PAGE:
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E-Gold: 1gm gold coins from e-Gold units

To mark the completion of two years of launch of ‘e-Gold’, the National Spot Exchange (NSEL) has extended the facility of physical conversion of e-Gold units to 1gm gold coins. This is in addition to the existing delivery denomination options available in 8gm, 10gm, 100gm and 1kg lots.

e-Gold has enabled retail investors to put small savings in weekly, monthly or yearly instalments into precious metals like gold and silver without the hassles of handling physical metal. There is also the additional benefit of getting physical delivery on-demand. 


Analysts downplay S&P downgrading, say nothing new in warning

It is too premature for S&P to do it now. These issues were in place already. S&P is very reactive but Moody’s is balanced,” State Bank of India (SBI) economic research head Brinda Jagirdas told reporters

Mumbai: Analysts and economists on Wednesday termed Standard & Poor’s (S&P) decision to lower the country’s rating outlook close to junk status (BBB-) as “reactionary and out of context”, saying there has been “no immediate trigger”.

“It is not warranted at all now, though concerns remain.

It is too premature for S&P to do it now. These issues were in place already. S&P is very reactive but Moody’s is balanced,” State Bank of India (SBI) economic research head Brinda Jagirdas told PTI.

Terming the action as “not a downgrade but only highlights the already existing concerns” which the government is seized of, she said these concerns were known and did not warrant a change in the outlook. “There is no trigger for S&P to do it now. So I would say this is only a reactive action.”

S&P on Wednesday cut its India outlook to negative from stable and warned of a sovereign downgrade in two years if the fiscal and current account situations do not improve and the political climate continues to worsen.

“The outlook revision reflects our view of at least a one-in-three likelihood of a downgrade if the external position continues to deteriorate, growth prospects diminish or progress on fiscal reforms remains slow in a weakened political setting,” said S&P credit analyst Takahira Ogawa.

BBB- is the lowest investment grade rating.

“A downgrade is likely if the country’s economic growth prospects is dim, its external position deteriorates, its political climate worsens, or fiscal reforms slow,” the agency said.

But Ms Jagirdas said the move will not have any impact on the cost of funds for either the banks or the corporates.

Pointing out that “the country has good savings and investment rates”, she said “our fiscal deficit is much better than most of the European economies”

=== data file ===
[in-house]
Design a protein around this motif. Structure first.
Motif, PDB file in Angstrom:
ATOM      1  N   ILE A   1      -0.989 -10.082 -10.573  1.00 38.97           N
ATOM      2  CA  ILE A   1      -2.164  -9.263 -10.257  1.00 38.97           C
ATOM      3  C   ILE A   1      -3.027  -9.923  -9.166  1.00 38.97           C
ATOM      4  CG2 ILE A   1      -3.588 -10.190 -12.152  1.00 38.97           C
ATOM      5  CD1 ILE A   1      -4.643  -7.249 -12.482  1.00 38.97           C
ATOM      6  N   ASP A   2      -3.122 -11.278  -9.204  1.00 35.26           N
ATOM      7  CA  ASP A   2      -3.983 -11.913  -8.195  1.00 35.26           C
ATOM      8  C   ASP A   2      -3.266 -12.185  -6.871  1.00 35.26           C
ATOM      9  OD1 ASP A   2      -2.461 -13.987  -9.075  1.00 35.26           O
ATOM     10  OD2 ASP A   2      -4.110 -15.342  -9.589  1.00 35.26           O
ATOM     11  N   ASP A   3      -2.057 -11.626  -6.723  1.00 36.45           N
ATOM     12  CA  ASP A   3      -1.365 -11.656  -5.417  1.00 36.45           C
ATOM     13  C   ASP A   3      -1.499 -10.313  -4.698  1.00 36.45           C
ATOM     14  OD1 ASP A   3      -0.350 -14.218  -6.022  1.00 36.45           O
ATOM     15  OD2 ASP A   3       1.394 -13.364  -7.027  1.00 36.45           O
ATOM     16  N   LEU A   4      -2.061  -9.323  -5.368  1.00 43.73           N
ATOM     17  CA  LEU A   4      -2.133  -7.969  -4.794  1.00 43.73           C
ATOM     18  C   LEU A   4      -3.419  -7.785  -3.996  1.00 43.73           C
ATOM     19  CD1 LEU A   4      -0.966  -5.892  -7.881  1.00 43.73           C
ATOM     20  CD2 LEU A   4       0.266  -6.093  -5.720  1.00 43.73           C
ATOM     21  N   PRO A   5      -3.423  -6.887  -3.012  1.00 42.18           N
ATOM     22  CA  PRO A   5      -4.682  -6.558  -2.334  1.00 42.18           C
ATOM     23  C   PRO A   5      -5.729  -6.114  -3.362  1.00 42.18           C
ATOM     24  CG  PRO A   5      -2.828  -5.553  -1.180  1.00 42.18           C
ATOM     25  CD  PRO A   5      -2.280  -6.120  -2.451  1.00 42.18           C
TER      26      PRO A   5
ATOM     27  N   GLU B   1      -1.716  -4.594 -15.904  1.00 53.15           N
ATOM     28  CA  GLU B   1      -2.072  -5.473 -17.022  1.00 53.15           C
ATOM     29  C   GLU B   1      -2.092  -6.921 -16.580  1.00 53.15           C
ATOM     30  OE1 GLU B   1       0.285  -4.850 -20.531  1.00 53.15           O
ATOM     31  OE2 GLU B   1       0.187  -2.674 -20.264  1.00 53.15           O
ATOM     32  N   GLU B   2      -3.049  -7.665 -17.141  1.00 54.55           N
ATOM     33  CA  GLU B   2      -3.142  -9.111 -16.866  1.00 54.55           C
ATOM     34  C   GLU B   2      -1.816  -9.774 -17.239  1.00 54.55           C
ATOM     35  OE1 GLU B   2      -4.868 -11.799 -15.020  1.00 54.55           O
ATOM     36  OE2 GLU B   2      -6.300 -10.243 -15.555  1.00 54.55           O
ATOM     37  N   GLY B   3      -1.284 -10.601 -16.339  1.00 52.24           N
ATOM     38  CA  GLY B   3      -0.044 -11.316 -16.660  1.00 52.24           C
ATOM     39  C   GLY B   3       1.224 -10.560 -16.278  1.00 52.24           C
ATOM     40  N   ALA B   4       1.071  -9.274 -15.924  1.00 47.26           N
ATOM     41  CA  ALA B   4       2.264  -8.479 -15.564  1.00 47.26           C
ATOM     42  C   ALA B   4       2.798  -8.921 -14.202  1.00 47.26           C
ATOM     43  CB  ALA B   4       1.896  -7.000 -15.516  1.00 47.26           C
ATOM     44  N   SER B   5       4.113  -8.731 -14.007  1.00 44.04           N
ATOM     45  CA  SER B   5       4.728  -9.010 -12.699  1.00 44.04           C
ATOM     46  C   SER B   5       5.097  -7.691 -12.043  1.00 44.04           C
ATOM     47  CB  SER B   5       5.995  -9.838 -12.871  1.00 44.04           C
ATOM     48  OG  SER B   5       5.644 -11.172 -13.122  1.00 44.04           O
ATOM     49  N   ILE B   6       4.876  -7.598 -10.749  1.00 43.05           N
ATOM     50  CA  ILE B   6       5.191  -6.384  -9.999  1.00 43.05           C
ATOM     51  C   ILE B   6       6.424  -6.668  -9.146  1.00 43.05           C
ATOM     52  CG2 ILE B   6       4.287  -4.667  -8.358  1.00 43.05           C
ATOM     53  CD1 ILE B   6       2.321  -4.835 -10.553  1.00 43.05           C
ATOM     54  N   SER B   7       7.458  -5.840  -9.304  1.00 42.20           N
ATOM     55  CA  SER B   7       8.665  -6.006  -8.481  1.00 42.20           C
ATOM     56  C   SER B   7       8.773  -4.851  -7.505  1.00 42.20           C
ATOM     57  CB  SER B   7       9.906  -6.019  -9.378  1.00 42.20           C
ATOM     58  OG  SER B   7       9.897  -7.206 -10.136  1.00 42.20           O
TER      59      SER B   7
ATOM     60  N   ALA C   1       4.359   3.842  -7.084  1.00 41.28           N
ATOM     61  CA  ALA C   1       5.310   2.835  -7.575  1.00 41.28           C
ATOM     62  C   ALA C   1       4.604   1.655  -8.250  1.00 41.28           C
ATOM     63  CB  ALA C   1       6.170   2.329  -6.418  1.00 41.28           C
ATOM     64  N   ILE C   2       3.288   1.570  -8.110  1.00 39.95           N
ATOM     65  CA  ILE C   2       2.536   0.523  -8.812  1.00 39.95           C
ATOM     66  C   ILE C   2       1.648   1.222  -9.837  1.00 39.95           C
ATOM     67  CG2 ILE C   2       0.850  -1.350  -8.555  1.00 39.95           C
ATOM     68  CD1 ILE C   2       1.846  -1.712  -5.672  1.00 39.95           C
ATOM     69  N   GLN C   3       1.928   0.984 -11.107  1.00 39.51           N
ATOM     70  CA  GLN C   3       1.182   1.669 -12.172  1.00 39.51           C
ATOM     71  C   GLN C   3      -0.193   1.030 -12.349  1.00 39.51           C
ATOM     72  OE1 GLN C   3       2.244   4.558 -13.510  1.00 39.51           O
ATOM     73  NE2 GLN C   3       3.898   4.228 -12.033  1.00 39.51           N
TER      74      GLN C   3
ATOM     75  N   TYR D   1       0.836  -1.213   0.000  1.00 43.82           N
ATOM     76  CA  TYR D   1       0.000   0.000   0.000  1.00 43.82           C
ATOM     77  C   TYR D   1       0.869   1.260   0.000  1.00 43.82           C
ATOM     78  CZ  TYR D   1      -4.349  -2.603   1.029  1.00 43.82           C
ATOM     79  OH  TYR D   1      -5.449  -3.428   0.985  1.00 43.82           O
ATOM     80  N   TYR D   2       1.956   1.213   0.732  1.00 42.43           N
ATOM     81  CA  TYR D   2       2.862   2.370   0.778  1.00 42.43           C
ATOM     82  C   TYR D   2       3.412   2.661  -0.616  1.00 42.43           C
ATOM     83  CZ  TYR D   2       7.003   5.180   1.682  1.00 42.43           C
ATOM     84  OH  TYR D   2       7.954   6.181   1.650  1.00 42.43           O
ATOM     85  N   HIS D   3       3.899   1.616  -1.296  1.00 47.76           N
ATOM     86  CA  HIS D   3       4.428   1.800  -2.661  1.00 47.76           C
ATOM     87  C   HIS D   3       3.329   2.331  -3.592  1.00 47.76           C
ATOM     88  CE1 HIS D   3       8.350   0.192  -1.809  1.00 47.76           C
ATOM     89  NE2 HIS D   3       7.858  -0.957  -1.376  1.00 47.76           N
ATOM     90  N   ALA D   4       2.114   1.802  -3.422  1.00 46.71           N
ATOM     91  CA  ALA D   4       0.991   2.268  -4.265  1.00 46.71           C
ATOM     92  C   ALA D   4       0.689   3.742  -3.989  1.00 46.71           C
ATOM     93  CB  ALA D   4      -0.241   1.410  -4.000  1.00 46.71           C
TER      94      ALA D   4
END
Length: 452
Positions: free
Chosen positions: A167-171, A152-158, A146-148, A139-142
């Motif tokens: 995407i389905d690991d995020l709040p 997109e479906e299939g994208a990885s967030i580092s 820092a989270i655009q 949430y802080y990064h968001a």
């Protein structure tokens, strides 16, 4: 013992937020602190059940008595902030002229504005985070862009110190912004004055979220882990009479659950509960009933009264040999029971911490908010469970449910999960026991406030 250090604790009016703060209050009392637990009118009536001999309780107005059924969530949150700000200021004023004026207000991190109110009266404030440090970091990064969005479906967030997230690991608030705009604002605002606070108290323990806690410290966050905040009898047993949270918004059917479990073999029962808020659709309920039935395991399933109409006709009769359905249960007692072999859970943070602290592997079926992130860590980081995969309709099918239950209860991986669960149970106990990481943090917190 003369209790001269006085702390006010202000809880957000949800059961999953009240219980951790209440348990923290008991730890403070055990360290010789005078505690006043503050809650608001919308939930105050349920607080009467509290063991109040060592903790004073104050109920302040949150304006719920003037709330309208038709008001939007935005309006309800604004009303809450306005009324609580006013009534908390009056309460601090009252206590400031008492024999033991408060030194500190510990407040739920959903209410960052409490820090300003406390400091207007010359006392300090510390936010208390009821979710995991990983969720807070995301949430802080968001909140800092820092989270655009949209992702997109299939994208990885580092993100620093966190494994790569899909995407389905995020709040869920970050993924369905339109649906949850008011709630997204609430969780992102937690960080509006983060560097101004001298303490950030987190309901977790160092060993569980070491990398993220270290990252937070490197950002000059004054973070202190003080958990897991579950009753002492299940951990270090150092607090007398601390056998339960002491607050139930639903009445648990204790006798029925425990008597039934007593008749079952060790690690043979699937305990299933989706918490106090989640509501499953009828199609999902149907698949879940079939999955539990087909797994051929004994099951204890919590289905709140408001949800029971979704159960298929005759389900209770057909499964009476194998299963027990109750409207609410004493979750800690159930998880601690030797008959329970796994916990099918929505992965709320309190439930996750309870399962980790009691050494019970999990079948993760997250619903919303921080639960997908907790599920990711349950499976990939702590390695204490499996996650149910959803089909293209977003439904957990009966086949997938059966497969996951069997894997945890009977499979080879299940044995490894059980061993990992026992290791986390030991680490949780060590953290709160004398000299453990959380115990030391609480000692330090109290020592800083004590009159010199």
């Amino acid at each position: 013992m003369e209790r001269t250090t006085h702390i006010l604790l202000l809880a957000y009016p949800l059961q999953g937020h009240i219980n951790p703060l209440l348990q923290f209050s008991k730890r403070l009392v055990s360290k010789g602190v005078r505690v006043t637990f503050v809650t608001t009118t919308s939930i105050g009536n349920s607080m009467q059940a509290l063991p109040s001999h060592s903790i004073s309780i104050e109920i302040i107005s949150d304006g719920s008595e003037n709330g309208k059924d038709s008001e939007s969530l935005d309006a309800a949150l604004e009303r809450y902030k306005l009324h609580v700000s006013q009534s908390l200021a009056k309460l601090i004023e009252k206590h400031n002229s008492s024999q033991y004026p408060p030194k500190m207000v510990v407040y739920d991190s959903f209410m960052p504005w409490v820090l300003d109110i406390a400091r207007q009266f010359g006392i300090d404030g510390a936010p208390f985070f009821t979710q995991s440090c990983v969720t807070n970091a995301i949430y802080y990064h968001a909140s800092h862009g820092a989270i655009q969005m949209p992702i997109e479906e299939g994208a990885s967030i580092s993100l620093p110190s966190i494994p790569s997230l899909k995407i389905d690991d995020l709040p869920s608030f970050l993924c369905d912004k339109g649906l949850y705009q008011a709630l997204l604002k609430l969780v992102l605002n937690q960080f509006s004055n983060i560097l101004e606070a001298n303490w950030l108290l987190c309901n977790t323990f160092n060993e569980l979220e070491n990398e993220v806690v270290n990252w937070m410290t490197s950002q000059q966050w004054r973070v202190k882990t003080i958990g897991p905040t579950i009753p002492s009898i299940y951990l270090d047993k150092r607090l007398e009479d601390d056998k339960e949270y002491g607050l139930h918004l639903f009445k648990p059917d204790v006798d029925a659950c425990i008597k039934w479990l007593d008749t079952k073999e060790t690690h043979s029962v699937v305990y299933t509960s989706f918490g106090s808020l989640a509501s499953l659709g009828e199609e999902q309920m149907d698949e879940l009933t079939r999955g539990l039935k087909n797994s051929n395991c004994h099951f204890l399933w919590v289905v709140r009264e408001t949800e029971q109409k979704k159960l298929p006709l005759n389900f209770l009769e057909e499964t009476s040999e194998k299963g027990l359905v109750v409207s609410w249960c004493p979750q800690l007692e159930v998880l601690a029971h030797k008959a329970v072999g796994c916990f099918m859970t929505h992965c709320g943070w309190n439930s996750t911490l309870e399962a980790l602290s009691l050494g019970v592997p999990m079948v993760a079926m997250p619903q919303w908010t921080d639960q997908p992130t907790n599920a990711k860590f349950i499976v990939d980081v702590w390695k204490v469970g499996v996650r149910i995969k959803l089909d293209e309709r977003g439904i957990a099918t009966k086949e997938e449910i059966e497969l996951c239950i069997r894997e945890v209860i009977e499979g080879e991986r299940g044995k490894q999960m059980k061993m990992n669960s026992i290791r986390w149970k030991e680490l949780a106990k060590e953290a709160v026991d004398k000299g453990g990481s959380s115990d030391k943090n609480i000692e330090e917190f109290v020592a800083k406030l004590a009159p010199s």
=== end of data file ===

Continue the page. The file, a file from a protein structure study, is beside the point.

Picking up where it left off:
However, Ms Jagirdas admitted that negative rating outlook clearly points to urgency of the need for immediate government steps to reignite growth, and to bring down subsidies and current account deficit.

Nomura India also ruled out possibility of a real downgrade, considering the steps the government is taking on the flagged concerns.

“We believe there is a low likelihood of a rating downgrade actually occurring as we expect the economy to see some cyclical rebound in the near term, the debt-to-GDP ratio is likely to remain stable, and the fiscal deficit should not worsen substantially. The only risk to this view is forex reserves declining materially,” Nomura economist Sonal Varma said.

A Deutsche Bank report said if growth recovers somewhat and inflation does not soar again, the lack of structural improvement in the fiscal position need not be an immediate spoiler of the ratings outlook.

“Our central scenario is that conditions do not deteriorate to the extent to warrant negative ratings action this year. But the risks are clearly not trivial,” the report concluded.

However, Yes Bank chief economist Shubhada Rao said she does not expect S&P move leading to a downgrade.

“There will be no expeditious action on that front.

However, I think, the S&P move will galvanise government action on the pain points soon. Though major reforms are tough, I think we can see definitive actions on expenditure management, especially on the fuel pricing front which will reduce the subsidy burden, coming up in the next few months.

In the short term, there can be some impact on corporates borrowing abroad and capital inflows due to the action,” Ms Rao said.

SMC Global Securities strategist and research head Jagannadham Thunuguntla said the S&P move would have serious implications.”The new sovereign rating is just one step away from junk bond status... Somehow I feel the dream of India growth story is coming to an end,” he said.

India Forex Advisers founder & chief executive Abhishek Goenka also said the S&P action will raise the cost of borrowing from overseas for domestic corporates.




5 years ago

this activity of downgrading the indian rating likely to be biased. S&P degraded rating may be due to developed countries pressure. in this no functional body is performing thier job with truthfullness.

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